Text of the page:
Proper etiquette nowadays fluctuates from person to person. There’s hardly a one-size-fits-all standard anymore. With blended families and other concerns, even the seating arrangement at weddings can be a maze of upset-the-fruit-basket. I’ve had some interesting weddings. There was the one when the bride’s veil caught on fire. Instead of snuffing her side of the Unity Candle in the holder, she blew and her veil went right into the flame. Things went up in smoke, literally, before our very eyes. However, the little glitches that happen at weddings are no big deal really. Weddings are like that, and the couple’s love for one another completely overshadows the snafus. Things happen. Indecorum occurs when people are either intentionally insensitive to others, or they just don’t know the proper etiquette.
We do want to do things right, don’t we? I want to know if a party requires casual dress or formal attire. There’s nothing as awkwardly obvious as a minister decked out in formal clerical garb at a casual garden party. It puts a damper on the festivities to be sure, and telegraphs a not-so-subtle assessment of the affair. For the most part, we want to fit in rather than stand out. We applaud those who know the rules, have discriminating taste, and are connoisseurs of acceptable standards of decorum.
But what if you don’t know the rules? What do you do when you aren’t sure what to do and the latest edition of Amy Vanderbilt doesn’t cover your etiquettical dilemma? It makes sense to me to enjoy the party and go with the flow. Sometimes good etiquette has spoiled an otherwise fine time. We can have such discriminating taste that we end up eating alone. What a bad idea. Is it better to be right, or to be included? An even bigger question is whether or not we value being inclusive over discrimination.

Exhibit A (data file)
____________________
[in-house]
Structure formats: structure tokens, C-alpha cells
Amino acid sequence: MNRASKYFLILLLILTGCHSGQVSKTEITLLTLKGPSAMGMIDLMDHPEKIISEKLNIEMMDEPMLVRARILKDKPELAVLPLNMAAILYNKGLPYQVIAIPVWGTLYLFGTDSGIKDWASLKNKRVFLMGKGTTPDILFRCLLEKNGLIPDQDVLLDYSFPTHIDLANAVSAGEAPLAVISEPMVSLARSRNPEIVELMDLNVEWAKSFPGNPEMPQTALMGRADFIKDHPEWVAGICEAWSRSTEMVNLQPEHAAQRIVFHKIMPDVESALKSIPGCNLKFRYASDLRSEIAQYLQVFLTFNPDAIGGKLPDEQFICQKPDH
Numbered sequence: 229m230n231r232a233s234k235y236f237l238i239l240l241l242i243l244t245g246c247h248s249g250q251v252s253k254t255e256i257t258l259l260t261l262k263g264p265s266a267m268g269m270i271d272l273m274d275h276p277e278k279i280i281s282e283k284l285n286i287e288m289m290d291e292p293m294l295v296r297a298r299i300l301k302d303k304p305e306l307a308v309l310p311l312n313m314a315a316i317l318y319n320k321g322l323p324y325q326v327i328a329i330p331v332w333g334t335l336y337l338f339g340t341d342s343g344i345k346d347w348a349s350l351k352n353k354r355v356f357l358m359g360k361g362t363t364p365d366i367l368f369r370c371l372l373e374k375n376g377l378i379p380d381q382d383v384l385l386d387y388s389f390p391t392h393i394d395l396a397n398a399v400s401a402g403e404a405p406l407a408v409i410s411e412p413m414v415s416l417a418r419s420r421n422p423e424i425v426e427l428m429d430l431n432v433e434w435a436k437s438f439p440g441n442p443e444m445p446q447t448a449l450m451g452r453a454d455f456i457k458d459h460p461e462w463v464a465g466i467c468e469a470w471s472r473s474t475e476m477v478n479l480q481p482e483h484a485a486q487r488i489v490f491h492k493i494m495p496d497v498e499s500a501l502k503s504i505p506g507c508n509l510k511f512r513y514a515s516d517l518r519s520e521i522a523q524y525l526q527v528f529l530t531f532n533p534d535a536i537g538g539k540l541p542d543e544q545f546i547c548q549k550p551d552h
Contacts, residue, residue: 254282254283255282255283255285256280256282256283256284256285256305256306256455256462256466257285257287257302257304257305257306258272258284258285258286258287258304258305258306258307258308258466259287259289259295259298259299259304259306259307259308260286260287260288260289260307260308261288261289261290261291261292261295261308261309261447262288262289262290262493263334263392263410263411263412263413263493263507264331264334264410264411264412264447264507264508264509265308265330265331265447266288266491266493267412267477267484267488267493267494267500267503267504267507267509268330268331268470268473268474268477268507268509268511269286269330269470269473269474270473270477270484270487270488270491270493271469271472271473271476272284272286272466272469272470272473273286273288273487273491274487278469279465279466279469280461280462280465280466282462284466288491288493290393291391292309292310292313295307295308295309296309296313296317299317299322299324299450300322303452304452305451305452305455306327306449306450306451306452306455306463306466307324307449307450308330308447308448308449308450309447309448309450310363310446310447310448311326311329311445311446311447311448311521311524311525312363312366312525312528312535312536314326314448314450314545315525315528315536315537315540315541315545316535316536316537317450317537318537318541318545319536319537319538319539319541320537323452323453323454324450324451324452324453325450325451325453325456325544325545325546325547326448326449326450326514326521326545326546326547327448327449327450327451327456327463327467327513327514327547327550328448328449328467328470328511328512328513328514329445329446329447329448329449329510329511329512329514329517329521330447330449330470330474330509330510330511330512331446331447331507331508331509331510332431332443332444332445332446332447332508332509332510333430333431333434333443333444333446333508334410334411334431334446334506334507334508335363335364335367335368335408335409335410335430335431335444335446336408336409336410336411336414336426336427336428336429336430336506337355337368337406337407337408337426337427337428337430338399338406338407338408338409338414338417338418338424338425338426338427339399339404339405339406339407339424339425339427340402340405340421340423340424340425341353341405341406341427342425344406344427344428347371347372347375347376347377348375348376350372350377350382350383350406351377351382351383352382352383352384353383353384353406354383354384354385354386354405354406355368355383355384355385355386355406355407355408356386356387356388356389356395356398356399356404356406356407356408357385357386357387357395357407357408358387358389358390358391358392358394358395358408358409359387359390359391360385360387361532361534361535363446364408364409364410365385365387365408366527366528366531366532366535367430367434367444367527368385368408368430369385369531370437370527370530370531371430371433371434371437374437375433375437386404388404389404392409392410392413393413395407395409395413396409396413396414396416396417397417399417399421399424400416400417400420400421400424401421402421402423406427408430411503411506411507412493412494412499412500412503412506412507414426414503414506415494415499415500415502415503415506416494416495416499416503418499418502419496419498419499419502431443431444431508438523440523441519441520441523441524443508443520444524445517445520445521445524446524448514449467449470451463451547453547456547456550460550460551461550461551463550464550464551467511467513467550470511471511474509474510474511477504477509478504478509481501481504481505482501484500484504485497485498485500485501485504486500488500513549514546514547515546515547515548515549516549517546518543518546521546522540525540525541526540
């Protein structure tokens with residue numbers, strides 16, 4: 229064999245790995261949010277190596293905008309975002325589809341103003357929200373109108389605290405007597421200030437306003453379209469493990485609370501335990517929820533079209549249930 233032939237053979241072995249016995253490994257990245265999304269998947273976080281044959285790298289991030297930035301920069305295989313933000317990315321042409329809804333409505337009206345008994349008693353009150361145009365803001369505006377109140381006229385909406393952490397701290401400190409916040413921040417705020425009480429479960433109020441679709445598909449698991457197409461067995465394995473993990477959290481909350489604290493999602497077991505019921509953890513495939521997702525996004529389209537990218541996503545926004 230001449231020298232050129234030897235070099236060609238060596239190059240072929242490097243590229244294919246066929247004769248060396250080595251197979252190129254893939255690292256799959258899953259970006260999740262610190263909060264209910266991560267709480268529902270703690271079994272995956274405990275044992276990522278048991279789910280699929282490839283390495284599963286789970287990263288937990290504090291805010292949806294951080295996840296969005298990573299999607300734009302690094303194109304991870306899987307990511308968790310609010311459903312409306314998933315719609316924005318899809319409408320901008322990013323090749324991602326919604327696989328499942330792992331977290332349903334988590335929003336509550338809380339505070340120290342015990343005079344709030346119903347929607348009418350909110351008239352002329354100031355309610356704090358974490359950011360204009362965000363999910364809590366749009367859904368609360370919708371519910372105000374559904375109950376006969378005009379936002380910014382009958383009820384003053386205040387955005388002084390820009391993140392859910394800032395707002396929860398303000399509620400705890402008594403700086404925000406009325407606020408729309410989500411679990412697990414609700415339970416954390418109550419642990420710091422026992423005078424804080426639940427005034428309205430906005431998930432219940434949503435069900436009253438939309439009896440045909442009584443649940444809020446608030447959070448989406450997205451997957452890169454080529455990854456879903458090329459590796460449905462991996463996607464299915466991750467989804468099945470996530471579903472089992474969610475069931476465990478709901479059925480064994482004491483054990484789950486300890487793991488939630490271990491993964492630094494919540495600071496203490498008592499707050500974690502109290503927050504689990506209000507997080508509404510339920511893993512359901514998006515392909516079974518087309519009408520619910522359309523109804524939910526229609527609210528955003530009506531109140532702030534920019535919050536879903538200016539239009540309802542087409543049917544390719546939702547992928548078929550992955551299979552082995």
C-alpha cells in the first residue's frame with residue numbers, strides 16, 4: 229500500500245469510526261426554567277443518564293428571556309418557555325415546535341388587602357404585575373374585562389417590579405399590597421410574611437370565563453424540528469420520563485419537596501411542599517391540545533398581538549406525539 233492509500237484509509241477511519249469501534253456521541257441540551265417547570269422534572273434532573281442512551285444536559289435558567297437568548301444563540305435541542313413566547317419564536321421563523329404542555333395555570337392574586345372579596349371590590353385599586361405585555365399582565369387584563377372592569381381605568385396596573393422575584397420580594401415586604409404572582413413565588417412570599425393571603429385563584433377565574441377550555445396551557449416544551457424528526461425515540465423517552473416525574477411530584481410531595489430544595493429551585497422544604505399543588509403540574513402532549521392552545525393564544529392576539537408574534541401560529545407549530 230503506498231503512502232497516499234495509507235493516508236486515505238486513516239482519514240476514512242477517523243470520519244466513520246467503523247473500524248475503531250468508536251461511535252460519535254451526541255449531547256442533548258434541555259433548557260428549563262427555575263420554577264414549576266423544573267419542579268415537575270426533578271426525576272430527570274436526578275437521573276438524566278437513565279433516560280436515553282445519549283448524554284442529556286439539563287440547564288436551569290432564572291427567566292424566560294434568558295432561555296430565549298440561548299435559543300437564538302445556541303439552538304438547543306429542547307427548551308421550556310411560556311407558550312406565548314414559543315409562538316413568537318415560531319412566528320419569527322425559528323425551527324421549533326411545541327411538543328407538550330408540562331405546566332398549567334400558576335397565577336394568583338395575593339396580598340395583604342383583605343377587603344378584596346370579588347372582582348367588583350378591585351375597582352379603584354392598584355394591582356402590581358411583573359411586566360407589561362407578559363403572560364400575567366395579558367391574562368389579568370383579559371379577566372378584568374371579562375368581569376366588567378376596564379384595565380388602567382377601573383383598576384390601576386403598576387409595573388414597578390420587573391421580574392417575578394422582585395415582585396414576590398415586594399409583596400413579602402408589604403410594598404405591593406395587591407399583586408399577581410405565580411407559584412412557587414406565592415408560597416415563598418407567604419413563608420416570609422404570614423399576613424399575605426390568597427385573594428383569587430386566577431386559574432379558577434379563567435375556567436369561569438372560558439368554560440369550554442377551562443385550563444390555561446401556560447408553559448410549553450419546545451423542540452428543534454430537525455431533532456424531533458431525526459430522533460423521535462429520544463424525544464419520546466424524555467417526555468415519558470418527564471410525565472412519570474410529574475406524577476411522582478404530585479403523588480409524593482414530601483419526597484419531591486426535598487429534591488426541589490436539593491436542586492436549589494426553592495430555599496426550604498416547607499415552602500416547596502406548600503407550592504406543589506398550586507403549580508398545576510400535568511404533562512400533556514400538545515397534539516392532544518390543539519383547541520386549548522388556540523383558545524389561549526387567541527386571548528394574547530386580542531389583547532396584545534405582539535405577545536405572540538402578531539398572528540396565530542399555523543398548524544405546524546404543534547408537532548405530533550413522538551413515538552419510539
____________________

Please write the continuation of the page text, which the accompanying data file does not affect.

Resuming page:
Wouldn’t you rather have your long-lost friend show up at your party with dungarees and dirt than not be there at all? Maybe they didn’t hear about it until the last minute. Maybe they were helping someone in an emergency. Nevertheless, my guess is that you would rather see them than what they were wearing. That’s the nature of friendship. Friendship looks past the outer trimmings and values the friend.
Don’t get me wrong. I like rules. I wouldn’t be our Conference’s Parliamentarian if I didn’t. I wouldn’t be teaching the Book of Discipline to seminary students at Emory if I was an antinomian. However, when worse comes to worse, and shove comes to shove, I say, “Let decorum move over if friendship is at stake.” Dress codes promote elitism as much as sexism promotes gender inequities, and racism falsely touts the inherent superiority of one group over another. Don’t let a buddy’s tee shirt attire cause you to bump him from the guest list. Jesus ate with all kinds of people and the ones who gave him the worst time weren’t the dressed-down but the dressed-up.
Our United Methodist motto is “Open Hearts, Open Minds, and Open Doors!” Let’s open our arms to everyone and practice a Jesus-like reverse discrimination. That’s an etiquette that will never go out of style.